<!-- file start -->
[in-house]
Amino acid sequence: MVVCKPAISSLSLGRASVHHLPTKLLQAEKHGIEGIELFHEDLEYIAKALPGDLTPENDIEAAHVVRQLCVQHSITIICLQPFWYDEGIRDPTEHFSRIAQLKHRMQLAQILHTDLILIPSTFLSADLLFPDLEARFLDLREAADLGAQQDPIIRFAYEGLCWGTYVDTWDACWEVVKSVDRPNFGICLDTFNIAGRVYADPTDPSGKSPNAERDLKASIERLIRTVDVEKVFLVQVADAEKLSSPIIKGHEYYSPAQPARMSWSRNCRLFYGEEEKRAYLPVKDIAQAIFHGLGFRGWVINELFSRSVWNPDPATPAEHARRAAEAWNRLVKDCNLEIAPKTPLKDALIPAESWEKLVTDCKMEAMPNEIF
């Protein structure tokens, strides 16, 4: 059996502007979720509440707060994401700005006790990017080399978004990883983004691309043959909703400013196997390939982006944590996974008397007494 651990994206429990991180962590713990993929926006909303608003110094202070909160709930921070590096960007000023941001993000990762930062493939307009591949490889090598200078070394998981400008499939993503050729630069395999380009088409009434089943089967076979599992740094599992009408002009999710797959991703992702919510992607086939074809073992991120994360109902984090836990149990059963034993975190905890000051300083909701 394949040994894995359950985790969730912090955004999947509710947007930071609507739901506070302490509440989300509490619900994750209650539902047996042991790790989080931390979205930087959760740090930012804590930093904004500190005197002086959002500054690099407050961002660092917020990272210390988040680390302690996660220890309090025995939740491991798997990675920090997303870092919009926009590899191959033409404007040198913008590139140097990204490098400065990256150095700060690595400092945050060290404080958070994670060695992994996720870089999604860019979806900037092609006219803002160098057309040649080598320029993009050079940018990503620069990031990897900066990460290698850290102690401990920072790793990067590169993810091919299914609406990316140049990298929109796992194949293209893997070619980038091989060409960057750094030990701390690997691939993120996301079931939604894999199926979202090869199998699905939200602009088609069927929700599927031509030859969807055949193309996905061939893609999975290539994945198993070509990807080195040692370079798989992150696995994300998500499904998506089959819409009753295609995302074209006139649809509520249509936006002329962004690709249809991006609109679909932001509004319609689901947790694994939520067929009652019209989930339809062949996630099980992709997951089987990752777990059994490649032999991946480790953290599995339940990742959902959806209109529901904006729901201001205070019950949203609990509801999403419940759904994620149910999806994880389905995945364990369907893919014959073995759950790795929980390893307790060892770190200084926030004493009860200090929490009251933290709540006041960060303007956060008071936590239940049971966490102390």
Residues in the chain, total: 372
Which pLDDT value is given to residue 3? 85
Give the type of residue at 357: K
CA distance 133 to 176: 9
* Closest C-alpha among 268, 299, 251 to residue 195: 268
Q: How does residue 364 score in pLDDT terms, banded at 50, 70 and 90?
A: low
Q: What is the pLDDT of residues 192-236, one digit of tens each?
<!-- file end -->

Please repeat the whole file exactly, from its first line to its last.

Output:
[in-house]
Amino acid sequence: MVVCKPAISSLSLGRASVHHLPTKLLQAEKHGIEGIELFHEDLEYIAKALPGDLTPENDIEAAHVVRQLCVQHSITIICLQPFWYDEGIRDPTEHFSRIAQLKHRMQLAQILHTDLILIPSTFLSADLLFPDLEARFLDLREAADLGAQQDPIIRFAYEGLCWGTYVDTWDACWEVVKSVDRPNFGICLDTFNIAGRVYADPTDPSGKSPNAERDLKASIERLIRTVDVEKVFLVQVADAEKLSSPIIKGHEYYSPAQPARMSWSRNCRLFYGEEEKRAYLPVKDIAQAIFHGLGFRGWVINELFSRSVWNPDPATPAEHARRAAEAWNRLVKDCNLEIAPKTPLKDALIPAESWEKLVTDCKMEAMPNEIF
């Protein structure tokens, strides 16, 4: 059996502007979720509440707060994401700005006790990017080399978004990883983004691309043959909703400013196997390939982006944590996974008397007494 651990994206429990991180962590713990993929926006909303608003110094202070909160709930921070590096960007000023941001993000990762930062493939307009591949490889090598200078070394998981400008499939993503050729630069395999380009088409009434089943089967076979599992740094599992009408002009999710797959991703992702919510992607086939074809073992991120994360109902984090836990149990059963034993975190905890000051300083909701 394949040994894995359950985790969730912090955004999947509710947007930071609507739901506070302490509440989300509490619900994750209650539902047996042991790790989080931390979205930087959760740090930012804590930093904004500190005197002086959002500054690099407050961002660092917020990272210390988040680390302690996660220890309090025995939740491991798997990675920090997303870092919009926009590899191959033409404007040198913008590139140097990204490098400065990256150095700060690595400092945050060290404080958070994670060695992994996720870089999604860019979806900037092609006219803002160098057309040649080598320029993009050079940018990503620069990031990897900066990460290698850290102690401990920072790793990067590169993810091919299914609406990316140049990298929109796992194949293209893997070619980038091989060409960057750094030990701390690997691939993120996301079931939604894999199926979202090869199998699905939200602009088609069927929700599927031509030859969807055949193309996905061939893609999975290539994945198993070509990807080195040692370079798989992150696995994300998500499904998506089959819409009753295609995302074209006139649809509520249509936006002329962004690709249809991006609109679909932001509004319609689901947790694994939520067929009652019209989930339809062949996630099980992709997951089987990752777990059994490649032999991946480790953290599995339940990742959902959806209109529901904006729901201001205070019950949203609990509801999403419940759904994620149910999806994880389905995945364990369907893919014959073995759950790795929980390893307790060892770190200084926030004493009860200090929490009251933290709540006041960060303007956060008071936590239940049971966490102390």
Residues in the chain, total: 372
Which pLDDT value is given to residue 3? 85
Give the type of residue at 357: K
CA distance 133 to 176: 9
* Closest C-alpha among 268, 299, 251 to residue 195: 268
Q: How does residue 364 score in pLDDT terms, banded at 50, 70 and 90?
A: low
Q: What is the pLDDT of residues 192-236, one digit of tens each?